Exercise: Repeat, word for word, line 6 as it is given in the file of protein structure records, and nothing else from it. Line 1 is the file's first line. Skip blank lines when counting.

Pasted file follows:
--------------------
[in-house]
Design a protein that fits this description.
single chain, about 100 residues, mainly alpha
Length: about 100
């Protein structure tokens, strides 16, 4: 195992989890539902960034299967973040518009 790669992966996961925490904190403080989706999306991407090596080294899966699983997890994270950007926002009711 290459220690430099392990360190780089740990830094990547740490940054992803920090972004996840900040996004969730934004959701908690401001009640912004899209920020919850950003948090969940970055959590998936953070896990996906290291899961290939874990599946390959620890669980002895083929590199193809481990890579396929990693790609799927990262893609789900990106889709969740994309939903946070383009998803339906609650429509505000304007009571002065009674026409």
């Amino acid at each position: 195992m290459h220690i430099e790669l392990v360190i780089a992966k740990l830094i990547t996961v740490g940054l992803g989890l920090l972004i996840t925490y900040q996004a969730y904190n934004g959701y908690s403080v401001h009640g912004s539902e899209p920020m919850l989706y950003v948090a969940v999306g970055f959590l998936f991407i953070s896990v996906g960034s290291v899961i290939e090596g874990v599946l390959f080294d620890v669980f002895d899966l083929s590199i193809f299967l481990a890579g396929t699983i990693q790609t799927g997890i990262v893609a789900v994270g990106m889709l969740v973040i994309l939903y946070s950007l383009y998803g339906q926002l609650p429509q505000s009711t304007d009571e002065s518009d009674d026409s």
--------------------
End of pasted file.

């Amino acid at each position: 195992m290459h220690i430099e790669l392990v360190i780089a992966k740990l830094i990547t996961v740490g940054l992803g989890l920090l972004i996840t925490y900040q996004a969730y904190n934004g959701y908690s403080v401001h009640g912004s539902e899209p920020m919850l989706y950003v948090a969940v999306g970055f959590l998936f991407i953070s896990v996906g960034s290291v899961i290939e090596g874990v599946l390959f080294d620890v669980f002895d899966l083929s590199i193809f299967l481990a890579g396929t699983i990693q790609t799927g997890i990262v893609a789900v994270g990106m889709l969740v973040i994309l939903y946070s950007l383009y998803g339906q926002l609650p429509q505000s009711t304007d009571e002065s518009d009674d026409s």